Opposite the Pro Shop at Aliso Viejo Country Club, hanging on the wall in the long, first floor hallway of the clubhouse, hangs a very large, wooden plaque, 72″ wide and 77″ high. On the plaque, 228, 2.75″ x 1.00″ brass plates are positioned in 12 columns with 19 plates in each column. 46 of the brass plates are engraved with a name and a hole number; the rest are blank, awaiting inscription. In the second column of brass plates, if you count down to the 14th plate from the top, you’ll find a plate that reads: Dave Franzetta, Hole 12. It commemorates the first and only time I achieved the pinnacle of individual golf success, a hole-in-one on June 20, 2011; my one and, so far, only ace.
The 12th at Aliso Viejo is a 143-yard par three. The yardage is a bit misleading, since the tee is elevated about 75 feet above the green, so the shot plays downhill and is actually much more like a 115-yard shot. That day, as I almost always do on hole number 12, I hit a pitching wedge. The ball sailed high, and curved gently to the left as it carried over the large pot bunker that fronts the green, flying straight at the flagstick. It was shortly after one o’clock so the sun was almost directly overhead, and the shadow of the flag hung right over the hole. I knew it was a really good shot, but couldn’t see if the ball had gone into the cup, or was merely hidden from view in the shadows or behind the flagstick. One of my playing partners, my good friend Linda Gruver, also hit a terrific tee shot, with her ball finishing about 15 inches behind the hole. I raced down the hill, set my golf bag on the edge of green and looked in the hole. There, happily resting at the bottom of the cup, was my TaylorMade model Tour XP ball, stamped with the number “0,” with the four red dots I had inked on the ball before starting my round that morning. It had taken me almost 50 years of trying, and I had finally done it. The rest of the round was a bit of a blur. When I arrived at the clubhouse, ready to buy drinks for everyone, my wallet got a great break, since it was a Monday, the bar was closed, and only a few other golfers were there to join my celebration. I’ve kept trying, and though I’ve witnessed several other aces, this is still my one and only ace. [If you ever find me bragging about my ace, you can remind me that it was one of the 15 or so holes-in-one recorded at my club that year, and one of approximately 40,000 reported in the US in 2011.]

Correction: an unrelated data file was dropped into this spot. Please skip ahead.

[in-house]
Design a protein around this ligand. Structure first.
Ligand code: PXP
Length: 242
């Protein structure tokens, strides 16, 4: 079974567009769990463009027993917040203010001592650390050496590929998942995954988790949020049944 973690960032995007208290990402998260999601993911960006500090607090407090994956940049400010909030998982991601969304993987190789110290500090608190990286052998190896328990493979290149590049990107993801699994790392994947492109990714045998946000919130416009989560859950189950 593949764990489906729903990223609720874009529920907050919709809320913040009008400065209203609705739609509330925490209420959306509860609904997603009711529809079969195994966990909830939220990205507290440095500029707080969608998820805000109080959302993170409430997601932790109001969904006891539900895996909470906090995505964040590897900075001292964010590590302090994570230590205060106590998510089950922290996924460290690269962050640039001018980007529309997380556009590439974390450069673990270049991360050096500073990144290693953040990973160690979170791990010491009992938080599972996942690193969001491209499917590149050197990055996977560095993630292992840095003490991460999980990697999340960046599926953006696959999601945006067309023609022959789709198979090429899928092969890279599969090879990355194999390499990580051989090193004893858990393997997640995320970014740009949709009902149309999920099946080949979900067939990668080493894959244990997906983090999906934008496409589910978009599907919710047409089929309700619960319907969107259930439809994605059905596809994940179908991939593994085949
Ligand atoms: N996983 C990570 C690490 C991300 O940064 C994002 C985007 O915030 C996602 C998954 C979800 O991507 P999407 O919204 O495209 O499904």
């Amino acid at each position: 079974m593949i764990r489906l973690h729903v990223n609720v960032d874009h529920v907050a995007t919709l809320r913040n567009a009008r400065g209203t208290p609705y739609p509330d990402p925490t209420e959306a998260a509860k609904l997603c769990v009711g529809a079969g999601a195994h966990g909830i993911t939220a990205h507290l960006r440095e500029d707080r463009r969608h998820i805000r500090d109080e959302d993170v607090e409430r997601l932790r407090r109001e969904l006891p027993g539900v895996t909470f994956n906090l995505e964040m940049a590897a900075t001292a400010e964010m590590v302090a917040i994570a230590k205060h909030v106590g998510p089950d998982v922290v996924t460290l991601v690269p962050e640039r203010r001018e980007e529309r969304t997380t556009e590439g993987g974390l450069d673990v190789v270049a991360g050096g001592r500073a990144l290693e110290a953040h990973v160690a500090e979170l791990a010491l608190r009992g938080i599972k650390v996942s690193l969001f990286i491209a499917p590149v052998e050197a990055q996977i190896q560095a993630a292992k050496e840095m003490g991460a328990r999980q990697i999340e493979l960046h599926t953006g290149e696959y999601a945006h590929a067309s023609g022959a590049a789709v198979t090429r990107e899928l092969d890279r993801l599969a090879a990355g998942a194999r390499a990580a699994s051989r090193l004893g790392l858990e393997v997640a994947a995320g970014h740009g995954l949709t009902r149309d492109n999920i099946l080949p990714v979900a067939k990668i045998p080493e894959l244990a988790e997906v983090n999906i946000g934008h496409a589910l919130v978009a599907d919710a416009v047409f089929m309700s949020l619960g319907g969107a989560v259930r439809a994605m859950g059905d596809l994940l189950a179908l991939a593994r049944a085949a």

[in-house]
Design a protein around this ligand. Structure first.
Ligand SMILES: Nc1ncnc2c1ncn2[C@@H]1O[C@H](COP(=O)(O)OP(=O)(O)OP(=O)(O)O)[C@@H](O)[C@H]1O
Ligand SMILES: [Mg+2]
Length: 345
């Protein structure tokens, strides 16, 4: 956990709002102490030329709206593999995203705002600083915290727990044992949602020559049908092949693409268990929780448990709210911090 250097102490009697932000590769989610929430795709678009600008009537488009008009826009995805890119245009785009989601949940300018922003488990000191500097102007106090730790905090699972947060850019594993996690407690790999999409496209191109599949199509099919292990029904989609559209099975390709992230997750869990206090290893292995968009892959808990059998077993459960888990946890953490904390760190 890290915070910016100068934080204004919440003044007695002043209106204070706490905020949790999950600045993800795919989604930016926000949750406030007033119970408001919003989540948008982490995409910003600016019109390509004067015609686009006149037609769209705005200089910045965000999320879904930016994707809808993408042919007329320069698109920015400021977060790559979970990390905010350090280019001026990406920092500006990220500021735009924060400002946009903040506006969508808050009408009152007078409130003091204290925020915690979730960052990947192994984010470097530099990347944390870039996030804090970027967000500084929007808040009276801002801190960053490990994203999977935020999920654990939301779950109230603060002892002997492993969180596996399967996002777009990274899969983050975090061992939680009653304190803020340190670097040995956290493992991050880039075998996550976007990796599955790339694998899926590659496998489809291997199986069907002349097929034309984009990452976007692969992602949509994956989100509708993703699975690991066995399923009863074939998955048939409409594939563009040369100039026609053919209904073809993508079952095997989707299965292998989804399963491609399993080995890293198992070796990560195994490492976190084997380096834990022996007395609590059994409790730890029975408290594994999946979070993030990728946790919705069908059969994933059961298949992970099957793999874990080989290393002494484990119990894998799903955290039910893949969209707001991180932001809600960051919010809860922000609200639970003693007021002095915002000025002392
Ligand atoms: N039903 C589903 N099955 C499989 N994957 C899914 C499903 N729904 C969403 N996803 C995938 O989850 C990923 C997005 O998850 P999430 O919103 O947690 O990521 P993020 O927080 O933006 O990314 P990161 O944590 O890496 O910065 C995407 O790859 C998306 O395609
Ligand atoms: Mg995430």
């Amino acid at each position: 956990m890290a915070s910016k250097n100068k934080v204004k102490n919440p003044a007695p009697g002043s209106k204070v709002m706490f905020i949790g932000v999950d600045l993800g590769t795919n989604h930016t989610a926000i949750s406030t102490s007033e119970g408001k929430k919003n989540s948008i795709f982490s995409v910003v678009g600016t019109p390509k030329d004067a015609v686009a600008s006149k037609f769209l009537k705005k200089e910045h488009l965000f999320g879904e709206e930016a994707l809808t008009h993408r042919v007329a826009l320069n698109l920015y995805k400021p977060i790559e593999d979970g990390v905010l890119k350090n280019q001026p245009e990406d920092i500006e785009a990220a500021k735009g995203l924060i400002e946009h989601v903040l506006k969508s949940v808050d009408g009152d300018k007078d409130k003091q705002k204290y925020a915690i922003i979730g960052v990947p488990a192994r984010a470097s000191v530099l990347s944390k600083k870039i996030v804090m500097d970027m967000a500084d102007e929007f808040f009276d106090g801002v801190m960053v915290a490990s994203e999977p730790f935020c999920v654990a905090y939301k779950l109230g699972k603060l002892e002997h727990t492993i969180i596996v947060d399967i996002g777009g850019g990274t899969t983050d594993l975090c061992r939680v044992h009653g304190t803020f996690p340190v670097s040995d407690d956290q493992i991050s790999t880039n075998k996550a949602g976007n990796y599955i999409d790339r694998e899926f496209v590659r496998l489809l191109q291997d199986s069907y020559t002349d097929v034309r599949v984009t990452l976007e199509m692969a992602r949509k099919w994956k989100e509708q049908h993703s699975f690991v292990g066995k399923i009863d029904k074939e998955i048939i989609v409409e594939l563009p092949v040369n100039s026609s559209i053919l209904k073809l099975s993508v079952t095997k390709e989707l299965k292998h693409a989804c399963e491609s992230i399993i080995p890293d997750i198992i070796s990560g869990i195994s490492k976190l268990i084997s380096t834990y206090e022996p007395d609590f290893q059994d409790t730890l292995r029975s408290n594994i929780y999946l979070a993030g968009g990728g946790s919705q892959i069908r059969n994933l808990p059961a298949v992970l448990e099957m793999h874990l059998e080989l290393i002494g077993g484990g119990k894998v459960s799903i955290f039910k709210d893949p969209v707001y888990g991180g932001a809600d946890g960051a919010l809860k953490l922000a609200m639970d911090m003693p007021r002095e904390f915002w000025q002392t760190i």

I can still remember clearly the very first ace I witnessed. It was at Duquesne CC in West Mifflin, Pennsylvania, during a high school golf match between my school, Bishop Boyle HS, and Pittsburgh South Catholic HS. My opponent was named Greg Huigens. [Strange that I should remember Greg after so many years, but he was my nemesis, beating me handily at both golf and bowling, my two high school sports.] Greg had built a 3-up lead after nine holes in our match, but I had battled back on the inward nine, and we were all square when we came to the 15th, a tricky, sidehill par-3 hole of about 160 yards. I hit my tee shot into a large bunker to the right of the green. Greg stepped up, took his stance and launched a beautiful 5-iron directly at the hole, the ball landing a few feet behind the hole and spinning back into the cup for an hole-in-one. Totally deflated, I lost two of the next three holes and dropped the match.